More Men's Clothing pages
Many people often make the comment that brimmed straw or felt hats must have been used by people living during the Viking Age as there is good solid evidence both before and after the period. This article aims to test this supposition.
Basic hats made from felted animal fibers or from plaited plant fibers have probably been in use well into prehistory.
Inwards describes the early origins of straw hats. He suggests that the Roman word Petasus and the Greek word Kausia could both refer to broad-brimmed hats. The figure from the Parthenon frieze (c.450BC) could show such a hat as could an Etruscan figure on an earthenware dish found in a tomb at Vulci (c.440BC). [INWARDS 1922]:p.1
Two paintings from Pompeii show hats and bonnets as does a figure of Penelope (79AD). Also a 2nd century Roman figure of Mercury at the Vatican. Virgil writing in ???? mentions the "Plaitting of osiers and willows" in his Pastorals. [INWARDS 1922]:p.1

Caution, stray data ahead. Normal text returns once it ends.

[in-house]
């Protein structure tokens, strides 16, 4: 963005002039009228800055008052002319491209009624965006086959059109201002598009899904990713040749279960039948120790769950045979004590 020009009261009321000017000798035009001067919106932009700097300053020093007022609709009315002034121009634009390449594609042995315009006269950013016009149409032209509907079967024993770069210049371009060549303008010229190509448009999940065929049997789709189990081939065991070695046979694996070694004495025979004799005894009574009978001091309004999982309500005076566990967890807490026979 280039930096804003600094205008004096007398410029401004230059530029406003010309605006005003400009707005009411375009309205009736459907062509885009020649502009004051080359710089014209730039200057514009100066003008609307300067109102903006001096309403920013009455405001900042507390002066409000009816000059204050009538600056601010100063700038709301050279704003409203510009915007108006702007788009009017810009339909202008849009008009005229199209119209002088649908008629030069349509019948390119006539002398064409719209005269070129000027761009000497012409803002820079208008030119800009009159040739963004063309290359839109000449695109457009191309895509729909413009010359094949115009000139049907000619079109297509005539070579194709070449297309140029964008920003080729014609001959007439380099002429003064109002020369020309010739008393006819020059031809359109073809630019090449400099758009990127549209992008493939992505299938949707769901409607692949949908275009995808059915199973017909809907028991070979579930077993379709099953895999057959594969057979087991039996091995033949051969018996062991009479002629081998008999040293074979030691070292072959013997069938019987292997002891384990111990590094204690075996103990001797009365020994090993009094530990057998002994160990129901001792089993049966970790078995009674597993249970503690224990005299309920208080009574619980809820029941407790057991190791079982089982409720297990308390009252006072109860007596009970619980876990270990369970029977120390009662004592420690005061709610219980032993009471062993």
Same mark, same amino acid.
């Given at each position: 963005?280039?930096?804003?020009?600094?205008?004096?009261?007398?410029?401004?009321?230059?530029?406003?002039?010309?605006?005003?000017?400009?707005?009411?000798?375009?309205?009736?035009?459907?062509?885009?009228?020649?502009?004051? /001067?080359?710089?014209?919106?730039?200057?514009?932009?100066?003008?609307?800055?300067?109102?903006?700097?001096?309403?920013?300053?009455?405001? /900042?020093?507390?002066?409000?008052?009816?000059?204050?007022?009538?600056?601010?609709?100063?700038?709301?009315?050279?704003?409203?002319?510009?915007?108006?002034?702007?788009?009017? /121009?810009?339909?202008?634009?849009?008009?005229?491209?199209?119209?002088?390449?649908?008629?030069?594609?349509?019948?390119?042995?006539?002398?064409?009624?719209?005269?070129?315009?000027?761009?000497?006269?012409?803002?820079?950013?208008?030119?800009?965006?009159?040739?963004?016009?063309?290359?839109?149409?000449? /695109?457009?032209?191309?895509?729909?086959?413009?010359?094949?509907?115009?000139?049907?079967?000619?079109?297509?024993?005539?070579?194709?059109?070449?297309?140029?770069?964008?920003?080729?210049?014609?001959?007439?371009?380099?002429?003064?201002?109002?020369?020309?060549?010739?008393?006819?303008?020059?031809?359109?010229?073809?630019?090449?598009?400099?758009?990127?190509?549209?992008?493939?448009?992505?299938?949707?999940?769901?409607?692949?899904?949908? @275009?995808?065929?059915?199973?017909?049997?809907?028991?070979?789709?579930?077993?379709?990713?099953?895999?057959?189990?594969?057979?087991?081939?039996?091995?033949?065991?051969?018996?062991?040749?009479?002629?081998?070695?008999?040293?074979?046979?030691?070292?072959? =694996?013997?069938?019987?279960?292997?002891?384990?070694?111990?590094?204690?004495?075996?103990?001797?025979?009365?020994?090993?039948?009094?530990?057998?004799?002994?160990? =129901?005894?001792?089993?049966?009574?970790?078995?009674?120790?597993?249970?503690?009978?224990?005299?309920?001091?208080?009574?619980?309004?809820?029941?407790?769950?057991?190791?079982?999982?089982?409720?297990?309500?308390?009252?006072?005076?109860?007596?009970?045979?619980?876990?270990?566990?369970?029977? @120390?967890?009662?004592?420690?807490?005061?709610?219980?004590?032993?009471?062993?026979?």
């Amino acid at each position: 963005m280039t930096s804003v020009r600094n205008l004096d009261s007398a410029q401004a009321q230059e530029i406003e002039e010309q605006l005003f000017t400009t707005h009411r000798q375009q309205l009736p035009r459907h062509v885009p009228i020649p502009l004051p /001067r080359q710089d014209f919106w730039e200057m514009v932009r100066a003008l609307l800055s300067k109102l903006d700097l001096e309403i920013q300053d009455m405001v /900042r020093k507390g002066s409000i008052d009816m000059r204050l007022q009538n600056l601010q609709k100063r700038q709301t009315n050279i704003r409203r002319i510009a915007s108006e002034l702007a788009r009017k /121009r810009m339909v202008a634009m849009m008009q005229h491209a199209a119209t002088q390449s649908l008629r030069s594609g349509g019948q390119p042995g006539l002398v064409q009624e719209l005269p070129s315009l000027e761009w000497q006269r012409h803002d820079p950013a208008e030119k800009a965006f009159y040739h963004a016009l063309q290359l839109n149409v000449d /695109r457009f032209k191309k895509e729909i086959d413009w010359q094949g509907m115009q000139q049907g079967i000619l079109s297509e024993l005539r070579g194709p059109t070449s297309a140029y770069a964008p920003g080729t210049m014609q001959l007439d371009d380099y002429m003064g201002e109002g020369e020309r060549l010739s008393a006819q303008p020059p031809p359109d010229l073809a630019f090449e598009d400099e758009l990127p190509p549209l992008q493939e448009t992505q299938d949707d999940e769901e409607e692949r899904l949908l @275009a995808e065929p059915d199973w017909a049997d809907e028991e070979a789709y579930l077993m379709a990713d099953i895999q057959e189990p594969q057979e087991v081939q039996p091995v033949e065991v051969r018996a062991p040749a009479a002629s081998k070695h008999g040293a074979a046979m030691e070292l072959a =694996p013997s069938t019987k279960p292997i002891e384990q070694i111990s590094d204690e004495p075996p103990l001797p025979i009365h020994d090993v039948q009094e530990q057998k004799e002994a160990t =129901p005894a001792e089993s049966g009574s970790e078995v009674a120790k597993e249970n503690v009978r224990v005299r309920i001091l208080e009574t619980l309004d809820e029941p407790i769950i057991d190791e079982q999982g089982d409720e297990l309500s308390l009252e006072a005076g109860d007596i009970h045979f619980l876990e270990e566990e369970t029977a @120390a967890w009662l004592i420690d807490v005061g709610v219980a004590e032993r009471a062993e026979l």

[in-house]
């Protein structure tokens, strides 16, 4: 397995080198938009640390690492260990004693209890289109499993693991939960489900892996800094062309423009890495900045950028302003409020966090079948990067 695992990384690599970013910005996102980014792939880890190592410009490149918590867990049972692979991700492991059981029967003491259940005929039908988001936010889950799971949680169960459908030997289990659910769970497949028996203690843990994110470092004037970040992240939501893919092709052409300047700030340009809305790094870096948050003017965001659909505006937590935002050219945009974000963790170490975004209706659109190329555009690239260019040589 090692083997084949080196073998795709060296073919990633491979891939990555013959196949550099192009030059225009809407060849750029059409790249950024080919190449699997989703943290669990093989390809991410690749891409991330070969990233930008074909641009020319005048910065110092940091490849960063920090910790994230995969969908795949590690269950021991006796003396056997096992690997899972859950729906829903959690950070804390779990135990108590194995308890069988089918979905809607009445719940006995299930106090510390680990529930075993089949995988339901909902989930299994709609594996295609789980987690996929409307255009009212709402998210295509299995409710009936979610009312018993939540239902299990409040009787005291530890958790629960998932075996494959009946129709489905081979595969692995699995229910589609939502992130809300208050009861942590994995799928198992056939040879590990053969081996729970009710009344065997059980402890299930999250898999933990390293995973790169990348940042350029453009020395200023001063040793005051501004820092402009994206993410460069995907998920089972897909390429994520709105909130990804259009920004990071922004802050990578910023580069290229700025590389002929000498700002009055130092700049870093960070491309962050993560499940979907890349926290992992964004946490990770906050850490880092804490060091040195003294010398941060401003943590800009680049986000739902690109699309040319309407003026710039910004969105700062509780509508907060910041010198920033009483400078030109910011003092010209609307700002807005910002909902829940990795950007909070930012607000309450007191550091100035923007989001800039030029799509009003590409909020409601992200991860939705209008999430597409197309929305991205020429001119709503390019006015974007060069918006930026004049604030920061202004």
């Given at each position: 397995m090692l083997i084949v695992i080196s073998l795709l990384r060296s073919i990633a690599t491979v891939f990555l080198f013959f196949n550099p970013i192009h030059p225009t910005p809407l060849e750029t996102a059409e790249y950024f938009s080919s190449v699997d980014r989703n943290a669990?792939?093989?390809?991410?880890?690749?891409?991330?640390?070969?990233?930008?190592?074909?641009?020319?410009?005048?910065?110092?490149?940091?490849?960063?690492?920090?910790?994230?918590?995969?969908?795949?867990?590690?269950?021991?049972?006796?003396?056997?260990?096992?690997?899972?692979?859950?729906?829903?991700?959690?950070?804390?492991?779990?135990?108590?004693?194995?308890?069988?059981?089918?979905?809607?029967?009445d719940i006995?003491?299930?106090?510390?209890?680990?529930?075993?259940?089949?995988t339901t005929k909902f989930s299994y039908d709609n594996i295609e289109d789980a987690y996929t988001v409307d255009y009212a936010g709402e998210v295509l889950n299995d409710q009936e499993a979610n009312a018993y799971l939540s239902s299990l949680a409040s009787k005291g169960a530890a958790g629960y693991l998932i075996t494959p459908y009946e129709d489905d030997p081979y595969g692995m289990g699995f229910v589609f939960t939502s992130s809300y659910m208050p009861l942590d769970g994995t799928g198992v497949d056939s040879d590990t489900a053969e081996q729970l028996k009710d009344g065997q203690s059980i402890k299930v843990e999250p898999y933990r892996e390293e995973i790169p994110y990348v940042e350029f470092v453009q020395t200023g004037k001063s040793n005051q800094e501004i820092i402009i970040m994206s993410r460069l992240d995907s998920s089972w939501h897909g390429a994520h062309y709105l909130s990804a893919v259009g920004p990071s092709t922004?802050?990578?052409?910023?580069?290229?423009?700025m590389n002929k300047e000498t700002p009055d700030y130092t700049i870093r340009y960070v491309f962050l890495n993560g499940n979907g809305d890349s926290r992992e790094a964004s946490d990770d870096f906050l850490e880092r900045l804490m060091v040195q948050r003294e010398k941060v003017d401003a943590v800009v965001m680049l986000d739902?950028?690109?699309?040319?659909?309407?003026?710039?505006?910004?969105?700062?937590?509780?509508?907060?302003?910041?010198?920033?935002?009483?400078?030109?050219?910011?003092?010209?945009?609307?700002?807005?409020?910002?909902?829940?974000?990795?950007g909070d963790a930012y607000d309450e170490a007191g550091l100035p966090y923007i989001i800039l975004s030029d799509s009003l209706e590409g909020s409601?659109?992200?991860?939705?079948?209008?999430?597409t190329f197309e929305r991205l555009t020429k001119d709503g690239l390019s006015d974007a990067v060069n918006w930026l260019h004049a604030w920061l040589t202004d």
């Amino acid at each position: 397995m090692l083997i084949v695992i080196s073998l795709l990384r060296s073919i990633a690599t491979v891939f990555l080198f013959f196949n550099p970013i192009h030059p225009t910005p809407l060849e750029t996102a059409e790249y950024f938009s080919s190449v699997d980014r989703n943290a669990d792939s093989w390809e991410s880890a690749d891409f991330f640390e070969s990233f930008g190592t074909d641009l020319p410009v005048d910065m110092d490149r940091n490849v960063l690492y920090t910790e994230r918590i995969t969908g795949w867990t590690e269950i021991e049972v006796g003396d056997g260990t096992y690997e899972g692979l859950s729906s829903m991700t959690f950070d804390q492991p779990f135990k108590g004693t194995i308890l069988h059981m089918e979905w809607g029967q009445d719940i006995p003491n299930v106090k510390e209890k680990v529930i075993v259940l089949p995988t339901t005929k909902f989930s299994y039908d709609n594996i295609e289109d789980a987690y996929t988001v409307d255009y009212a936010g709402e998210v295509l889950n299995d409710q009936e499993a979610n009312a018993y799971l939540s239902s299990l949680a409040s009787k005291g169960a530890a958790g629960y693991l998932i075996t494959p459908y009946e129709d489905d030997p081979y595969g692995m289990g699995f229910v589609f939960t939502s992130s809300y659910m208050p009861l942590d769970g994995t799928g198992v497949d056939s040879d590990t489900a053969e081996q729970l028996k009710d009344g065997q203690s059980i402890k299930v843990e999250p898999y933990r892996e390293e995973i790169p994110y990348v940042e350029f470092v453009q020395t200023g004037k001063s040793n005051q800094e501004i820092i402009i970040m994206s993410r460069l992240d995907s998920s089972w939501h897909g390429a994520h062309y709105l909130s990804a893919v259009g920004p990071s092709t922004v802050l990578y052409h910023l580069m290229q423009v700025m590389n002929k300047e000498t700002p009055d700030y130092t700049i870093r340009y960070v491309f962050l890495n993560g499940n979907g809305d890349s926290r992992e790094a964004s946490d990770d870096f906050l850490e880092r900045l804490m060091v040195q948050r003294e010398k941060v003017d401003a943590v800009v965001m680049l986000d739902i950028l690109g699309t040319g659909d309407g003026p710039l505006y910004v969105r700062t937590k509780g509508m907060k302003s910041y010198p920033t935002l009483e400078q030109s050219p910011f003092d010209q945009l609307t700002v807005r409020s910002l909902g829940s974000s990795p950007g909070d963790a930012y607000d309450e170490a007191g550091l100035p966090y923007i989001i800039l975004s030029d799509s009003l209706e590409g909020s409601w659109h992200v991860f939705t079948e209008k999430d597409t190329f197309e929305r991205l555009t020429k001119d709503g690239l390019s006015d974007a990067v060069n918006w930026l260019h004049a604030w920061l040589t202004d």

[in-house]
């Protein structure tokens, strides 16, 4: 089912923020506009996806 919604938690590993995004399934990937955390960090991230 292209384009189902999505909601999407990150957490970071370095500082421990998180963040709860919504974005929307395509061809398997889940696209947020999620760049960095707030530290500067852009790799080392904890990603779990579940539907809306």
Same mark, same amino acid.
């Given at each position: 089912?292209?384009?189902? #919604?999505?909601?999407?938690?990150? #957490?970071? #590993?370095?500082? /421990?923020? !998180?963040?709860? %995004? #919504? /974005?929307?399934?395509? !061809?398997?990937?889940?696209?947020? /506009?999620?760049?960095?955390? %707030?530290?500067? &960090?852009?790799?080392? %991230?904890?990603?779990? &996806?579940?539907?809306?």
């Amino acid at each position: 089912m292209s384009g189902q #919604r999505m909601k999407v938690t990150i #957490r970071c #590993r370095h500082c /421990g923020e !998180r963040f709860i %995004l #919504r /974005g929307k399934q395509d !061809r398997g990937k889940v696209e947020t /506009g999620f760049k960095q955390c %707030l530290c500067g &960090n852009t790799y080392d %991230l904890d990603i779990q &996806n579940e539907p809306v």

Croom states that during the Roman period that wide brimmed straw hats were worn by fishermen and sailors as protection from the sun. He also mentions that the same style of hat was also worn by theater goers when the wind was too strong for the awnings to be used. [CROOM 2000]:p.69
Odin is described as wearing as wearing a broad-brimmed hat and a blue coat in the C13th Bagler Sagas. This may refer to a straw hat.
A hat found in Novgorod, Russia and dated to the C14th is made of roots 'in the manner of a rush hat' and 'shaped like a straw hat' [EWING 2007]:p.120 (Historic Russia)
The earliest British record of straw hats is 1459AD and refers to Sir John Fastolfe's "ij Strawen hattes". [INWARDS 1922]:p.1